How to get more financial aid for college
The Covid-19 pandemic and economic downturn that followed made it even more difficult for many students and their parents to afford college just as costs went up.
Tuition and fees plus room and board for a four-year private college averaged $50,770 in the 2020-21 school year; at four-year, in-state public colleges, it was $22,180, according to the College Board, which tracks trends in college pricing and student aid.
Nearly all four-year students now rely on financial aid to get a degree.
“Financial aid is becoming a larger piece of the college admissions puzzle, as tuition costs continue to rise,” said Marnix Broer, co-founder and CEO of EdTech platform StuDocu.
Many students choose colleges based on their ability to afford them, making it more crucial than ever that they understand the options available to them when seeking financial aid.
This is where the Federal Student Aid Free Application comes in. The FAFSA must be completed by students to receive all types of aid, such as scholarships, grants, work-study or loans.
For the 2021-2022 school year, the FAFSA filing season opens Friday, Oct. 1 — and the sooner students file, the better.
Financial aid may be awarded on a first come, first served basis or through programs that have limited resources.
Manny Chagas is the vice president at Discover Student Loans. He says the FAFSA helps families get aid faster.
His words: “Applying earlier can provide families with opportunities for federal and state aid, such as grants or scholarships.”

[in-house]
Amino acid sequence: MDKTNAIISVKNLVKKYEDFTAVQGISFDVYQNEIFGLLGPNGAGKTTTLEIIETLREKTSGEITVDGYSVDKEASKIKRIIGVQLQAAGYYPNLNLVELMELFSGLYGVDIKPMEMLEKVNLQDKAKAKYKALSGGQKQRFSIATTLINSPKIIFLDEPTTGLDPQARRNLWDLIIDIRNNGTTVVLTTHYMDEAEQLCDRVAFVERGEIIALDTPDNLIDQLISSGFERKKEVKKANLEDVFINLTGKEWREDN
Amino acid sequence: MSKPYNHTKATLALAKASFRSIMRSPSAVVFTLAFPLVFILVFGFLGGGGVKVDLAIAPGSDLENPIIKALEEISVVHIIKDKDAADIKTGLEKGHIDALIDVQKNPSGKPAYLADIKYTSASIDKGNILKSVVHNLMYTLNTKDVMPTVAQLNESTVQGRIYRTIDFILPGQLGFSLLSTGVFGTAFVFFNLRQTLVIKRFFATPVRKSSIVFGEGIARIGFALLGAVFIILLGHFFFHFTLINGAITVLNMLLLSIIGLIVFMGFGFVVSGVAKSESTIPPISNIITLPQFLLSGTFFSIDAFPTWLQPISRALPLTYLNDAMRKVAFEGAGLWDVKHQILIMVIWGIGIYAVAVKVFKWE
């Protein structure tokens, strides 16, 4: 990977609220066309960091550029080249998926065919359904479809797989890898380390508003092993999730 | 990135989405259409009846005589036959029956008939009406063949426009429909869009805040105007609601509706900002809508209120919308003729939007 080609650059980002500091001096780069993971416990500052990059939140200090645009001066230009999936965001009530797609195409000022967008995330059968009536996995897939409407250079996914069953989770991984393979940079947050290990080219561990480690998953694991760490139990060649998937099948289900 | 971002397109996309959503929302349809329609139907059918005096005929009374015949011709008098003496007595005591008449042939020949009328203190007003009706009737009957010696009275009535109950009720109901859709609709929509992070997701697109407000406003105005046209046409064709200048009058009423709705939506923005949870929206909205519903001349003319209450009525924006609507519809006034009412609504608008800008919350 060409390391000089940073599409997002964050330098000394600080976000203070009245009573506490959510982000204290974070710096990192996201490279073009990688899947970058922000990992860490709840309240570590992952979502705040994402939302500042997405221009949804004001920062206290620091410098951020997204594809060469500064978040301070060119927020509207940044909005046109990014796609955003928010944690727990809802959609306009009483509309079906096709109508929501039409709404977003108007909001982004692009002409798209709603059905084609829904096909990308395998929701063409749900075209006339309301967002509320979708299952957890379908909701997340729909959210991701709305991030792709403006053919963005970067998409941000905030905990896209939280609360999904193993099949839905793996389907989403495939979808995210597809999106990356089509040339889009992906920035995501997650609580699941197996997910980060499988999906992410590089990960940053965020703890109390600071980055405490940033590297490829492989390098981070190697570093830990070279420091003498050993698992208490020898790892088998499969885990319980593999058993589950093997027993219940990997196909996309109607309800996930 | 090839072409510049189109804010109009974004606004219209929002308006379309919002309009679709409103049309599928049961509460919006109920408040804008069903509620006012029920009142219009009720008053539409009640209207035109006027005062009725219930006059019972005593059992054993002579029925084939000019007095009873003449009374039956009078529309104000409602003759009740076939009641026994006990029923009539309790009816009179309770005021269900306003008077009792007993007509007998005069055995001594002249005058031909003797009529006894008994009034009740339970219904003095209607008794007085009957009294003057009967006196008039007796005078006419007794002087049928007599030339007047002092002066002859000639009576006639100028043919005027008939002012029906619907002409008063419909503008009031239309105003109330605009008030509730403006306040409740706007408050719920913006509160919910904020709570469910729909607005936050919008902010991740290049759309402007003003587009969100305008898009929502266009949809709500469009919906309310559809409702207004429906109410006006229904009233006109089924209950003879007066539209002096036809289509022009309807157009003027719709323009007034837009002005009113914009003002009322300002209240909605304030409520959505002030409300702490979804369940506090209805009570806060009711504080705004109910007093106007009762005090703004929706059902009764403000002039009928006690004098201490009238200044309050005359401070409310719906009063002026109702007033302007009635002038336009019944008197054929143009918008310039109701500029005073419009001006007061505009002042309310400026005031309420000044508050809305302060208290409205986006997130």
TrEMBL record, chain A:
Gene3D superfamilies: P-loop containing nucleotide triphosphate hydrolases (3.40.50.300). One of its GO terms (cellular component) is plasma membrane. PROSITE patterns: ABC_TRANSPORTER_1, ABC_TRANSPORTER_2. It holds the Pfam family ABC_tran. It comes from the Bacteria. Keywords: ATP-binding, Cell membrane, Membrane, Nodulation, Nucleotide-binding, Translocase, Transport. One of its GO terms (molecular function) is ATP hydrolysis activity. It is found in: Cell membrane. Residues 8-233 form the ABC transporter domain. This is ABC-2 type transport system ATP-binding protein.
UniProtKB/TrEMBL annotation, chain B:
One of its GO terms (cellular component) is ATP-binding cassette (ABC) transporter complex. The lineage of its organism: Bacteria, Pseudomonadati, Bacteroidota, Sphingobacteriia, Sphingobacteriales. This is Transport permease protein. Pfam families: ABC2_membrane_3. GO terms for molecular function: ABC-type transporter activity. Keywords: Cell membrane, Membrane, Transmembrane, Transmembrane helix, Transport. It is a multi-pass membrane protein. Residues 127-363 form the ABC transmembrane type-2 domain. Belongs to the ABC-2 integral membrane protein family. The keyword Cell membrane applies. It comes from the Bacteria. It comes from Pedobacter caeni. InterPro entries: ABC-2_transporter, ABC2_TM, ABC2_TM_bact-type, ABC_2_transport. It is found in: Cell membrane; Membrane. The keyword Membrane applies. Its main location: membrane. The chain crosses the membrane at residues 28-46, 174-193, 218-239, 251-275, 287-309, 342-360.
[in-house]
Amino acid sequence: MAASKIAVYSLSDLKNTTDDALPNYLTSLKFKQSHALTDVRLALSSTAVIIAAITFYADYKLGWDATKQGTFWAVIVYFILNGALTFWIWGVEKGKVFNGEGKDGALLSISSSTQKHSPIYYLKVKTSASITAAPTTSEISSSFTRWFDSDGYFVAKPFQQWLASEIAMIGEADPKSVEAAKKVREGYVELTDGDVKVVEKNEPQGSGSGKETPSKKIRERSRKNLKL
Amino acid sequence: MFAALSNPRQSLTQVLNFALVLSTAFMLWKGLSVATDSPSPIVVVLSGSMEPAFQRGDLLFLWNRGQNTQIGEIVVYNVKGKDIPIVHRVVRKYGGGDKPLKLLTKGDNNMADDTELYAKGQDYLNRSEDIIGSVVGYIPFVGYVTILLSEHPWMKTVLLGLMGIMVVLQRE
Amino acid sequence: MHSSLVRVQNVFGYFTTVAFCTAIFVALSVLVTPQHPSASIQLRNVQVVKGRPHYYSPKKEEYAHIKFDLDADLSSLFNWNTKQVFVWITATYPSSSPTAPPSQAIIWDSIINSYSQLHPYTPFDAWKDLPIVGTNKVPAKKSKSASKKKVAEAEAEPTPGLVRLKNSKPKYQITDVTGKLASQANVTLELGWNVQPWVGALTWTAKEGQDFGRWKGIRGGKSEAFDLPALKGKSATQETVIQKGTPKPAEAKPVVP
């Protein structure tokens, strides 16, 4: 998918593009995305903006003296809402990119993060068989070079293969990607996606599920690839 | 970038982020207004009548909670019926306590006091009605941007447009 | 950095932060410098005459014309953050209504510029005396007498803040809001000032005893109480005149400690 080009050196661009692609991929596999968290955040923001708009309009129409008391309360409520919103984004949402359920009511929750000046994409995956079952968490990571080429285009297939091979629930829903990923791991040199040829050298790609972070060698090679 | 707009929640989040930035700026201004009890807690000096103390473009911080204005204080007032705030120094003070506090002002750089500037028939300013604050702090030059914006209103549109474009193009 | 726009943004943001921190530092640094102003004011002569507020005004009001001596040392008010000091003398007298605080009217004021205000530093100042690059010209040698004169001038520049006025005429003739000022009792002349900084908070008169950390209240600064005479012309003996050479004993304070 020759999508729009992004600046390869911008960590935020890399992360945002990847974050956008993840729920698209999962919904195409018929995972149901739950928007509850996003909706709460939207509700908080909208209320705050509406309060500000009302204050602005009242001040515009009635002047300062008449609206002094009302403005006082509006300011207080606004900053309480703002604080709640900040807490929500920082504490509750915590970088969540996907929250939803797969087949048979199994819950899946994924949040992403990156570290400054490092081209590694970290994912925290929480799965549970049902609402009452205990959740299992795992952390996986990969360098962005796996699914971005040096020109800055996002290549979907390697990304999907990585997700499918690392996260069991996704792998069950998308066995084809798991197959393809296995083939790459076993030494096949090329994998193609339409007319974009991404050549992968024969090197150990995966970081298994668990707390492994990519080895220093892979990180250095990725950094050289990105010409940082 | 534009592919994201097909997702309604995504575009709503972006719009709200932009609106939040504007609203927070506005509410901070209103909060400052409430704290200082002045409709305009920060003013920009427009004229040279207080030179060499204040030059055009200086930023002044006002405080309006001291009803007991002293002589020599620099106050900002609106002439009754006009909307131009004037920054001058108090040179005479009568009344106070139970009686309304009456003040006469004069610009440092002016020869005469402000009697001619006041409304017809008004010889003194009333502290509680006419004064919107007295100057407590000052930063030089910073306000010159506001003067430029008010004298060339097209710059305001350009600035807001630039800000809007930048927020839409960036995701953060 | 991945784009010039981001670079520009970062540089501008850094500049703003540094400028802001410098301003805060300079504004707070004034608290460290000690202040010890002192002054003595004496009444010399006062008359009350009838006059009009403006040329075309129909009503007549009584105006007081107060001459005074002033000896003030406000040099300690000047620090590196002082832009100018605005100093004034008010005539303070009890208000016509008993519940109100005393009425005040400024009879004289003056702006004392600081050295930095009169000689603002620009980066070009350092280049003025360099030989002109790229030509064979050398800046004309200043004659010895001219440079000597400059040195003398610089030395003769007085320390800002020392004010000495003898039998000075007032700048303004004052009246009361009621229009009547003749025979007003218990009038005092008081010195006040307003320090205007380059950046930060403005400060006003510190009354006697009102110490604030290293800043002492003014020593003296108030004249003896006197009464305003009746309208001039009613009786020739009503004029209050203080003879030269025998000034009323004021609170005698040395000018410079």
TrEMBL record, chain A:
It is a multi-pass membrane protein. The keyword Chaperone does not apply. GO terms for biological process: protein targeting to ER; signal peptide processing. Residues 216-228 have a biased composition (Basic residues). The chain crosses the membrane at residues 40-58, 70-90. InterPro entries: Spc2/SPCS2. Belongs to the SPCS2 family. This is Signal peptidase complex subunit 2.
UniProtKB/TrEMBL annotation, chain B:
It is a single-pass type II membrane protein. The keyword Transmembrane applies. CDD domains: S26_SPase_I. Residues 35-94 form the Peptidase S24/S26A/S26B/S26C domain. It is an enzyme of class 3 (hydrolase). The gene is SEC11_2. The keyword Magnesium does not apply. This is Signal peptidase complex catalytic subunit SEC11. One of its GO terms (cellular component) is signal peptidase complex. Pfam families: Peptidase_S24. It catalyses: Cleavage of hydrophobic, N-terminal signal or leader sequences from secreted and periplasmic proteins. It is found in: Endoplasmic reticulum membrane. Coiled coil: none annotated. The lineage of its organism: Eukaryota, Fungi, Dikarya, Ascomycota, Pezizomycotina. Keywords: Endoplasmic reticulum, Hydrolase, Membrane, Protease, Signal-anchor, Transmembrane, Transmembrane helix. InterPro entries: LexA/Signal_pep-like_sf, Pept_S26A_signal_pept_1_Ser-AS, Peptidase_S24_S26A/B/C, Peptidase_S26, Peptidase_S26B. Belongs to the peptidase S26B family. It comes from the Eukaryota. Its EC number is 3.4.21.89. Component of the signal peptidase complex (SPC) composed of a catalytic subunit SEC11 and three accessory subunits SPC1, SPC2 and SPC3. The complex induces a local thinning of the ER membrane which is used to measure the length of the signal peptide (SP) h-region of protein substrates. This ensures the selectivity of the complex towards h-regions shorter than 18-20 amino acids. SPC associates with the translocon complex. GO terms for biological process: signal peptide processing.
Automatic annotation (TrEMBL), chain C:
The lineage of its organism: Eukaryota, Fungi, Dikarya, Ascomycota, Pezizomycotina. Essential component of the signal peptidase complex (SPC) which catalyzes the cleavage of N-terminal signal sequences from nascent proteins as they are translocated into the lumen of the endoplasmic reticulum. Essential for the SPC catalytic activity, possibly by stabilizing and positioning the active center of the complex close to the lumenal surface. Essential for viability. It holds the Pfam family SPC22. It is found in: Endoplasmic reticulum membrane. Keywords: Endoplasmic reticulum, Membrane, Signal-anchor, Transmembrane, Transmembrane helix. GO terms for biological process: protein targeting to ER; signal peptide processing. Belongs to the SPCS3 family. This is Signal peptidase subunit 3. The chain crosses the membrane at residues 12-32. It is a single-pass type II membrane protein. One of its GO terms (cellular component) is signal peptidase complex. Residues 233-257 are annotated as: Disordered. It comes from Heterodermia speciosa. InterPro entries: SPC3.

FAFSA allows for many funding possibilities. This is not limited to federal aid.
The Department of Education awards about $120 billion every year to help students pay for higher education. Your state and college may be able to provide financial assistance.
According to data from The College Board, although federal aid is down slightly, institutional and state funds have grown significantly in the past decade.
Joe DePaulo co-founder of College Ave Student Loans, said “there is a finite amount aid.” This is why it’s so important to apply “early”
Rick Castellano of Sallie Mae said, “Especially when it comes to state aid funds, these funds are always there until they run out.”
It is crucial to get in line for assistance, especially since a large portion of the aid will be first-come, first served.
This has made it more difficult to afford aid. Yet, families continue to skip applying for the FAFSA every year.
Last year, just 68% of families applied — a record low, according to Sallie Mae.
Among those who don’t applyMost families say they don’t believe they qualify. Studies show that this is the case for most. In fact, 86% of first-time, full-time students at public four-year colleges were granted aid, Discover Student Loans found.
Castellano stated that almost everyone will be eligible for some type of aid.
Many factors, not just income, go into determining how much aid students receive, DePaulo added, including the total number of people in the household and the number of children in college, as well as other financial commitments such as a home equity loan or child support payments.
The application process itself is a major hurdle for families.
But experts claim that the FAFSA application can be completed online at fafsa.gov/myStudentAid in just under an hour, if you have all your paperwork (including W-2s, last year’s tax return) and the necessary documentation. (Sallie Mae also has a free online FAFSA tool to help families navigate the process.)
Chagas stated that the process takes approximately 30 minutes for most families.